'Kernelization is an important technique in parameterized complexity theory, supplying in many cases efficient algorithms for preprocessing an input to a problem and transforming it to a smaller one. The book provides a comprehensive treatment of this active area, starting with the basic methods and covering the most recent developments. This is a beautiful manuscript written by four leading researchers in the area.' Noga Alon, Princeton University, New Jersey and Tel Aviv University

    'This book will be of great interest to computer science students and researchers concerned with practical combinatorial optimization, offering the first comprehensive survey of the rapidly developing mathematical theory of pre-processing - a nearly universal algorithmic strategy when dealing with real-world datasets. Concrete open problems in the subject are nicely highlighted.' Michael Fellows, Universitetet i Bergen, Norway

    'The study of kernelization is a relatively recent development in algorithm research. With mathematical rigor and giving the intuition behind the ideas, this book is an excellent and comprehensive introduction to this new field. It covers the entire spectrum of topics, from basic and advanced algorithmic techniques to lower bounds, and goes beyond these with meta-theorems and variations on the notion of kernelization. The book is suitable for students wanting to learn the field as well as experts, who would both benefit from the full coverage of topics.' Hans L. Bodlaender, Universiteit Utrecht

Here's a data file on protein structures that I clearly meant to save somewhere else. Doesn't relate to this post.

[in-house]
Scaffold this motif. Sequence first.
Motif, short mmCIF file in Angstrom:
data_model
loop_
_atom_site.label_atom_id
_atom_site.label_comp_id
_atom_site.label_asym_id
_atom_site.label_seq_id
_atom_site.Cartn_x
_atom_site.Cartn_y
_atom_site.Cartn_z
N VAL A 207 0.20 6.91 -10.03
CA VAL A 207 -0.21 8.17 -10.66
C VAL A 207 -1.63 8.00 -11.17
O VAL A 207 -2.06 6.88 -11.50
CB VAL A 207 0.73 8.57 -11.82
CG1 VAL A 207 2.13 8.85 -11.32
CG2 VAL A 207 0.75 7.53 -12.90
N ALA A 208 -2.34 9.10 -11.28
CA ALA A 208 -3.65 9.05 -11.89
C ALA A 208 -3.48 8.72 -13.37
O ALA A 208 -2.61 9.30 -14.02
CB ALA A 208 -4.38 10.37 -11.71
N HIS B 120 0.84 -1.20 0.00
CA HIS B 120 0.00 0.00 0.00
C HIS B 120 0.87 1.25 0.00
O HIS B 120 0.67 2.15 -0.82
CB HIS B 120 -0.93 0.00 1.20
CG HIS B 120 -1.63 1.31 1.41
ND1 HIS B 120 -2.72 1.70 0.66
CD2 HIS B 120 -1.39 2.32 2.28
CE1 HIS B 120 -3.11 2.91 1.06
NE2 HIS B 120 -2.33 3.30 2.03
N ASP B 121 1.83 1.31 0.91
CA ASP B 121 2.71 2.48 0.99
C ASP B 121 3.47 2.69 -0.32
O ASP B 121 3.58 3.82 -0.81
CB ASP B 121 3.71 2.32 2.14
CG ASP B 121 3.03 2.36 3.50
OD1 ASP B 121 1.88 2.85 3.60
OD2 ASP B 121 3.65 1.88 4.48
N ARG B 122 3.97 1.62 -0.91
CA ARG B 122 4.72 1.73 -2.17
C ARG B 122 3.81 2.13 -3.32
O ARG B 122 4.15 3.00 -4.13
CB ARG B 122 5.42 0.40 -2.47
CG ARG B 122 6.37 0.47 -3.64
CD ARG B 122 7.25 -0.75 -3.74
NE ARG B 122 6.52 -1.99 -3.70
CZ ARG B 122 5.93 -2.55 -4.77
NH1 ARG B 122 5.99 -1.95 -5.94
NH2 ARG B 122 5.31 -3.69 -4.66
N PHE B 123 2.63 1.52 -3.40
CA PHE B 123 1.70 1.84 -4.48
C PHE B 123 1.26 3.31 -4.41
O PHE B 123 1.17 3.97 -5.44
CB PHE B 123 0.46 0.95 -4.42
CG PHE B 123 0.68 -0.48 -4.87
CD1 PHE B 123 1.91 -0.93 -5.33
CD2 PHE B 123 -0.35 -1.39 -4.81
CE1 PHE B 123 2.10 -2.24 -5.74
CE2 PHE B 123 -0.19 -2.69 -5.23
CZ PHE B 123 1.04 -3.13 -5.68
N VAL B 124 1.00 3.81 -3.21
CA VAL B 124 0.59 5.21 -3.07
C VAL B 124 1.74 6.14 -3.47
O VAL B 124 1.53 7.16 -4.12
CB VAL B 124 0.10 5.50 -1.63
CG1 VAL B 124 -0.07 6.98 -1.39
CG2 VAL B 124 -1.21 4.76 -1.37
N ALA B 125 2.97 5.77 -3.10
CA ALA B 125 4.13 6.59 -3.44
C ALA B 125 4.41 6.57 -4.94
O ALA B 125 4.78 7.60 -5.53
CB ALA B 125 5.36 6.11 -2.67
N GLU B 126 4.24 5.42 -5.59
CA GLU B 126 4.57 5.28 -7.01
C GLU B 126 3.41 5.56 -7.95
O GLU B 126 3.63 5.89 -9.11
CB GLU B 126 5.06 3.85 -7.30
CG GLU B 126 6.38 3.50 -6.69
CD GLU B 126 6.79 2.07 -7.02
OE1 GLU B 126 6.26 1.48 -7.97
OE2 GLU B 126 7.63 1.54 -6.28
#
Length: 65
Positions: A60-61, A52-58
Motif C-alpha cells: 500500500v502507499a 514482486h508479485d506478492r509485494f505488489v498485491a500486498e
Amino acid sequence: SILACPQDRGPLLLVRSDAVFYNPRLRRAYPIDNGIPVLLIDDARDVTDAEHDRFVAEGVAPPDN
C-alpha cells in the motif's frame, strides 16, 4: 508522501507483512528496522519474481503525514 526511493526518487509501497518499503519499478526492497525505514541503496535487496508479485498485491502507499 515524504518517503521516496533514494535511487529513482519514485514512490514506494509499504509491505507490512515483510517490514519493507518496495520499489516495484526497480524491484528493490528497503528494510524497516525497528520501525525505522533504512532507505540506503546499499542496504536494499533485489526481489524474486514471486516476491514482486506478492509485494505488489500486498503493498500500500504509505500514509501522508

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    Product details

    • Date Published: June 2019
    • format: Hardback
    • isbn: 9781107057760
    • length: 528 pages
    • dimensions: 235 x 157 x 31 mm
    • weight: 0.88kg
    • availability: Temporarily unavailable - available from TBC
  • Table of Contents

    1. What is a kernel?
    Part I. Upper Bounds:
    2. Warm up
    3. Inductive priorities
    4. Crown decomposition
    5. Expansion lemma
    6. Linear programming
    7. Hypertrees
    8. Sunflower lemma
    9. Modules
    10. Matroids
    11. Representative families
    12. Greedy packing
    13. Euler's formula
    Part II. Meta Theorems:
    14. Introduction to treewidth